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Doughty Learning Ups, Downs of NFL Game

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For young players like Reed Doughty, Saturday's scrimmage versus the Baltimore Ravens must have seemed like culture shock.

Doughty, the rookie safety out of Division 1-AA Northern Colorado, looked out at FedExField on Saturday afternoon and saw 47,258 fans in the stands.

"That's the biggest crowd I've ever played in front of," the 6-1, 213-pound safety said. "I don't think any of us expected that many people for a scrimmage.

"My first taste of the NFL, and then to play in front of a crowd like that? It was something special. I'll tell you what: They'll let you know how you're doing."

So will Redskins coaches at this time of the year. Any time a young player starts to feel that he's accomplished something, they'll put the young player in his place.

It's known as getting an NFL education. Doughty went through some of it on Saturday.

Selected by the Redskins in the sixth round (173rd overall) last spring, Doughty is trying to make the club as a backup safety and special teams player. He's shown some skills in training camp at Redskins Park, but his first go-around versus an NFL opposing team was a mixed bag.

Although it's hard to gauge a rookie's progress on the basis of a controlled scrimmage, it's safe to say that Doughty struggled early on in Saturday's drills--particularly on special teams--before settling down to show flashes of solid play.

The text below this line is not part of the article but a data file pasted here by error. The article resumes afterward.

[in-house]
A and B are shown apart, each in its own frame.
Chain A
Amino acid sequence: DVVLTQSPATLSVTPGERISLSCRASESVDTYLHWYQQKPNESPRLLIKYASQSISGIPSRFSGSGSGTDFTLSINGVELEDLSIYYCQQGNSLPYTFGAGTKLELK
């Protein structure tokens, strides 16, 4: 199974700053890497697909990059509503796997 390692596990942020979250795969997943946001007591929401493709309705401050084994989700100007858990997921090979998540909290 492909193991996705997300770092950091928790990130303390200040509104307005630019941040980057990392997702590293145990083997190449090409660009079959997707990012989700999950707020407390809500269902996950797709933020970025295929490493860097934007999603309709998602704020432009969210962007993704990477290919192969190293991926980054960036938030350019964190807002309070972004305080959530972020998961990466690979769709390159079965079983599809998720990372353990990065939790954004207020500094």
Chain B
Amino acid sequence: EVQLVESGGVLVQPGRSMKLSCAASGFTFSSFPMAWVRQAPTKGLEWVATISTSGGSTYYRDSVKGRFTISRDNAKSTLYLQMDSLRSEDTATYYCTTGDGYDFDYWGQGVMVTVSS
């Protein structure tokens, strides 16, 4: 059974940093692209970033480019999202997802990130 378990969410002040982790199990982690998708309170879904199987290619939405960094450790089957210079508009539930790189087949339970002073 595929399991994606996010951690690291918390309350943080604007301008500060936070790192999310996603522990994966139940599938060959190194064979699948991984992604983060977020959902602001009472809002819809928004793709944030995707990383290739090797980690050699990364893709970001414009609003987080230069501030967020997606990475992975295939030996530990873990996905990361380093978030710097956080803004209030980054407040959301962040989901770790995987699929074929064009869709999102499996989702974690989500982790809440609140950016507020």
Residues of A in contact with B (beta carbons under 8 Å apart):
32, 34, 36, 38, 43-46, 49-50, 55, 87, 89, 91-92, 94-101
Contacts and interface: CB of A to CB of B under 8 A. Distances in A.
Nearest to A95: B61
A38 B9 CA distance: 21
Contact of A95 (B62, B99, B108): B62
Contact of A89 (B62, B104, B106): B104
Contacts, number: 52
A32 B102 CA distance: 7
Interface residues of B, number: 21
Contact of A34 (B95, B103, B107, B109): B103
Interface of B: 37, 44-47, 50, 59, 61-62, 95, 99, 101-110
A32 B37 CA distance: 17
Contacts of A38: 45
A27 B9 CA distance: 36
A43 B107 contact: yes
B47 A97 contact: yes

"What I learned is that if you make a mistake at this level, you had better be able to show that you can fix it. And I'm talking about on the next play," Doughty said. "My first 10 plays, to be honest, I thought I struggled. But after that, I feel as though I caught on to the flow of the scrimmage.

"What I really need to work on is my special teams play. I try to follow the lead of Rock [Cartwright] in that respect. He's so good on special teams. He can tell you what it's all about. I need to try to work my way up to his level of play. That's one of my goals."

The Redskins have lost a pair of veteran safeties from last year's team, namely Ryan Clark (to Pittsburgh) and Matt Bowen (to Buffalo).

Young players such as Doughty, Curry Burns and Dennard Wilson are in the mix and hoping to win jobs behind Sean Taylor, Adam Archuleta and Pierson Prioleau.

Says Doughty: "We all realize there are no assurances. I'm hoping my first year in the league is one in which I learn something every day and show progress every day."

Taylor and Marcus Washington dazzled the crowd with their big hits and big plays. That was obvious. What's less apparent is the progress a young player like Reed Doughty may have made in his first exposure to an NFL arena.

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